by Steven Dugan
Bethanie Lafond is the focus of this month’s Volunteer Spotlight. She has shared her love of history as a docent at the Homestead for nine years, and in the classroom teaching high school students for five. One of the ways she enhances her tours and school lessons is by traveling. Bethanie has visited 31 states and over 12 countries. Recent travels include a whirlwind tour of Europe (eight countries in 28 days), and a trip that included both Canada and Alaska. She encourages visitors and students alike to, “see the world and learn on their own.” I recently asked Bethanie to share her perspective on volunteering at the museum. You will soon realize how much she loves history and how dedicated she is to making history come to life at the museum and in the classroom.
What inspired you to join the volunteer staff?
I came on a tour for a History of California class in college. I have always believed that making history come alive is so important for how we interpret history. After visiting, I knew this was a place that would be easy for me to do that. I had been a docent when I lived in Washington, D.C., and wanted to continue doing that after coming home. The Homestead was the perfect place to do this.
Why do you enjoy talking to kids about history?
Kids of all ages have a unique perspective of how they view the world. I love being able to see the different connections that they make to their lives from the history that you are examining.
How has being a docent at the museum influenced your teaching style? And has being a teacher influenced the way you give tours?
Being a docent at the museum has given me a wealth of knowledge to bring to the classroom because many of the topics we cover on tours, I cover in class. I teach both World and US History, so my students learn about the ranchos; the Mexican-American War; and prohibition and life in the 1920s. I am able to relate local history as well, to make history more personal to my students. And because of my travels, my students are much more engaged because they see me at different sites around the country and world; these places are not just pictures in a textbook.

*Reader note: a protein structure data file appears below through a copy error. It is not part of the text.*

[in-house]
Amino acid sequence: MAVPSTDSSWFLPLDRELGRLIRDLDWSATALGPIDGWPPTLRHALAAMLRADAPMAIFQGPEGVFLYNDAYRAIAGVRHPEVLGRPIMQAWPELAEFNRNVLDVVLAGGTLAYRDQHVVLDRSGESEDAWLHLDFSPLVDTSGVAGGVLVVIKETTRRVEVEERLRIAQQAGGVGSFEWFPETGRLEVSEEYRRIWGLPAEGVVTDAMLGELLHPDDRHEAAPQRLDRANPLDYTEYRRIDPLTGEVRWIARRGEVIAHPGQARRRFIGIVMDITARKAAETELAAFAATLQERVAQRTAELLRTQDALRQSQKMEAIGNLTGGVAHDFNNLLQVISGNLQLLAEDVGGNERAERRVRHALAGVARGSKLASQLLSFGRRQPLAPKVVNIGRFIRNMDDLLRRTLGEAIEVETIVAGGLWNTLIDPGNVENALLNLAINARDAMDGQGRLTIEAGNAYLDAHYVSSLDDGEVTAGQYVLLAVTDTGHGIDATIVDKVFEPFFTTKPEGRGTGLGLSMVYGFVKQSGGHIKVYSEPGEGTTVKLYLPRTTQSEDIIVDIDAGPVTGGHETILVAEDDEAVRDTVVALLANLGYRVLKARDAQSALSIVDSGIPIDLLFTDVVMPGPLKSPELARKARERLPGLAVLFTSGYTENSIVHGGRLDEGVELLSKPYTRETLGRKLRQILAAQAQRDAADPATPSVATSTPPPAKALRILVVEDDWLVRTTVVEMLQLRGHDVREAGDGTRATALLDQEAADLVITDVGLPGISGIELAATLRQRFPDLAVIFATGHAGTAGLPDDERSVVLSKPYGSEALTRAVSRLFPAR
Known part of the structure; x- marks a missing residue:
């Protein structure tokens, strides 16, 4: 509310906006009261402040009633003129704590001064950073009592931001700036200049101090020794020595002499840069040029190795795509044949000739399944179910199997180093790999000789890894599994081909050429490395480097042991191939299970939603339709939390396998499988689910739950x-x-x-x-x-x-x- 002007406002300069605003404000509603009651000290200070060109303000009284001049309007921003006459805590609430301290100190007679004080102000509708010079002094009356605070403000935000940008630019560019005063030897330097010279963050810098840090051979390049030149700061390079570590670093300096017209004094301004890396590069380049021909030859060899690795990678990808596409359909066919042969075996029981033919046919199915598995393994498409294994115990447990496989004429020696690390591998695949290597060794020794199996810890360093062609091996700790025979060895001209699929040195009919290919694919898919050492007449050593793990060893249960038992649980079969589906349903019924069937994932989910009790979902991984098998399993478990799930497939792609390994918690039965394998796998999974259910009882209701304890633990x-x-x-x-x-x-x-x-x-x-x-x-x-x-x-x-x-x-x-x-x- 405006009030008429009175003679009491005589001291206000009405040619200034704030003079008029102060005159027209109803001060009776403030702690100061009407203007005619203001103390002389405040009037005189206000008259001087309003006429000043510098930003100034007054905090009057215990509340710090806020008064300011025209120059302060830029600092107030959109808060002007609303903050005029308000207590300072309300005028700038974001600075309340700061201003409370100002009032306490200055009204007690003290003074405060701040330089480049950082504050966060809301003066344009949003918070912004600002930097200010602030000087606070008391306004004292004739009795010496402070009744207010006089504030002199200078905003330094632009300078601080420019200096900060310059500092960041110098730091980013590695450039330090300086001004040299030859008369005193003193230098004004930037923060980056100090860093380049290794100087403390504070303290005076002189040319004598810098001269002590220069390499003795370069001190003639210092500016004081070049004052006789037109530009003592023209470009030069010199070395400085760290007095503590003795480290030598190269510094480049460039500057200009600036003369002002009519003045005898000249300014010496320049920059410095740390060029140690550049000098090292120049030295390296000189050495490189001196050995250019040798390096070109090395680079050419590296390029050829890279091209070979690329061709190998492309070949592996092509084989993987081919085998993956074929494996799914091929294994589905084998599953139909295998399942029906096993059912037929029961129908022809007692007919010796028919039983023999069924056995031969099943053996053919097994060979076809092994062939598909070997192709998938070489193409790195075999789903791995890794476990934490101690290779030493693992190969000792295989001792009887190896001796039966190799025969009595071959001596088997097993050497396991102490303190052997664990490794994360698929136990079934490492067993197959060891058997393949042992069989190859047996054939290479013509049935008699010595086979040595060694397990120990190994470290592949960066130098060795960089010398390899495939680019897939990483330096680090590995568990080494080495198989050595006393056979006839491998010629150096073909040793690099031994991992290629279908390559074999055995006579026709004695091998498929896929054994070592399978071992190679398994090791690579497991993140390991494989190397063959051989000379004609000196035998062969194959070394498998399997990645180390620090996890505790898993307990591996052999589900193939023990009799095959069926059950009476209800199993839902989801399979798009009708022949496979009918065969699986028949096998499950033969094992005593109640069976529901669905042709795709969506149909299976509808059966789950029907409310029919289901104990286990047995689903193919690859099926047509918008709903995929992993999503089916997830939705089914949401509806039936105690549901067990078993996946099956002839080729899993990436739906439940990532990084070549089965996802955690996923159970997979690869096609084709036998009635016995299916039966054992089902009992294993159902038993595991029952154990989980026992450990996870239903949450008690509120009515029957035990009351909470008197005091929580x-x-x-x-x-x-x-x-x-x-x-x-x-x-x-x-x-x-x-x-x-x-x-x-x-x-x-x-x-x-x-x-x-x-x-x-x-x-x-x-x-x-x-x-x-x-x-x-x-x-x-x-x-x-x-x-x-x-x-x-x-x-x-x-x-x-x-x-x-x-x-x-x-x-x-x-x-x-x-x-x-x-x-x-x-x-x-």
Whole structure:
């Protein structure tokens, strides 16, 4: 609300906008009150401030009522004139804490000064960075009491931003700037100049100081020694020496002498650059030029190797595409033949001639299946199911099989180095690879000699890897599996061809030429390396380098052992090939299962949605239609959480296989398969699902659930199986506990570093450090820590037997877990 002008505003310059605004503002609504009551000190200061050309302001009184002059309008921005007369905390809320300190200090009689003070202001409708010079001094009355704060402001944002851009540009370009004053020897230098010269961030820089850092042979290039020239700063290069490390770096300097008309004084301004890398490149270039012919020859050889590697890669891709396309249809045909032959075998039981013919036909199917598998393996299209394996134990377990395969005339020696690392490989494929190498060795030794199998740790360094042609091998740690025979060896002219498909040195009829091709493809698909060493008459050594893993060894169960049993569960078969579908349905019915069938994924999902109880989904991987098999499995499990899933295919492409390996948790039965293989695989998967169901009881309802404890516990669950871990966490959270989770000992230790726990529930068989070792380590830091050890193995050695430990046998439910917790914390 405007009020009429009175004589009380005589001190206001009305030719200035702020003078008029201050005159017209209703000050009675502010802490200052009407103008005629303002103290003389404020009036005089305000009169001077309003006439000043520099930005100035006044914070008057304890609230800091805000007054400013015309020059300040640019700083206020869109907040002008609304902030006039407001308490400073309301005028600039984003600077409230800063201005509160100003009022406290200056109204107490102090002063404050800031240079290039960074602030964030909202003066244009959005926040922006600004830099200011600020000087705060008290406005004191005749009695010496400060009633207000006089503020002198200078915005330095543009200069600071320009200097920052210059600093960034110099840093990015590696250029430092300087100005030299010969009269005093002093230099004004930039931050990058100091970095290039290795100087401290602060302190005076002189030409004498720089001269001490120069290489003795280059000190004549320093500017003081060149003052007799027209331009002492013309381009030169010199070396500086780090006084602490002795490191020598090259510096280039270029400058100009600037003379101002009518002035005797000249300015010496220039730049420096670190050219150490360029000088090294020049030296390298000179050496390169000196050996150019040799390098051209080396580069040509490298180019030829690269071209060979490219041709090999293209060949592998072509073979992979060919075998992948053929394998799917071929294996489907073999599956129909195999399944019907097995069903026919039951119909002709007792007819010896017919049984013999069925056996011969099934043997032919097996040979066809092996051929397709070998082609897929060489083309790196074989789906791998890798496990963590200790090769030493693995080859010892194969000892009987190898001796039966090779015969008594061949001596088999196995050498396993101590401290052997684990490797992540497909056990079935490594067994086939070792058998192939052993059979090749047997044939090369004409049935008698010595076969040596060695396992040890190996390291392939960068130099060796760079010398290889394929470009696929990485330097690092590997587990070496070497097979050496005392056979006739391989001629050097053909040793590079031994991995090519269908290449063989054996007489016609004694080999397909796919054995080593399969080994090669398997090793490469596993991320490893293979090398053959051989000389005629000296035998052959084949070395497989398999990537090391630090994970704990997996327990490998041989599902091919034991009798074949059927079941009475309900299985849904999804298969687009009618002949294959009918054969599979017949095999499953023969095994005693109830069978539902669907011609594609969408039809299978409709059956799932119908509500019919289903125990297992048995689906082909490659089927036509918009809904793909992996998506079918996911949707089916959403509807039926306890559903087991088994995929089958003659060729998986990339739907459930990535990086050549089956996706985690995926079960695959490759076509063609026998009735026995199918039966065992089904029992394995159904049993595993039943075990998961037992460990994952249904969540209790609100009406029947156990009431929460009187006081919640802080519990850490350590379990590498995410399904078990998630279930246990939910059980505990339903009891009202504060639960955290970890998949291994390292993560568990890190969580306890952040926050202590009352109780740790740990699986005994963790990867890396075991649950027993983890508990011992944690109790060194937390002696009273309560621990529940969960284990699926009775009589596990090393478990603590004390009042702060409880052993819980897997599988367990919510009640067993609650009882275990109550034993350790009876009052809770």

Being a teacher helps me on my tours to think outside the box. Many times I have kids of varying ages, and I am able to use the techniques I use in class and adjust them on my tours. I know that my students don’t all learn the same way, so I try to vary the way I present information (like asking questions, using visual props, etc.) to my visitors that will help them connect the dots as we move from room to room or house to house.
When you aren’t giving tours at the Homestead, what are some of your hobbies?
When I’m not giving tours at the Homestead, I enjoy spending time with my husband, Travis, and our dog Lincoln. I also love to travel and have done quite a bit this year (Nebraska, Iowa, and the Dominican Republic in 2016). Photography is another hobby of mine, and it is tied to my love of travel. One of my more recent hobbies has been sewing. Designing dog bow ties has become a favorite activity of mine. (And she even has her own Etsy shop!)
Is there a tour or an event at the museum that has been memorable?
There is one type of tour and one specific tour that particularly stand out. I love being able to do living history (costumed, first-person interpretation) at the Homestead. My character Leona, a fictional friend of the Temple family, is fun to make come to life because she gives people a different way to interact with history. I especially enjoy portraying Leona when I bring my students to visit on a field trip every spring. It’s always one of their favorite parts of the trip (and mine) because they get to experience the museum in a different way. They see that history truly can come to life.
My most memorable public tour was the day that Gabino Delgado (the son of an employee of the Temple family) and his family arrived. I learned so much that day as we toured together. I “gave” the tour that day, but did just as much listening as I did talking as he told his family (and me) about what it was like to live here. That was a really special day. It was a great reminder to me of what I was saying about living history, the reality of the lives of the people confronts you.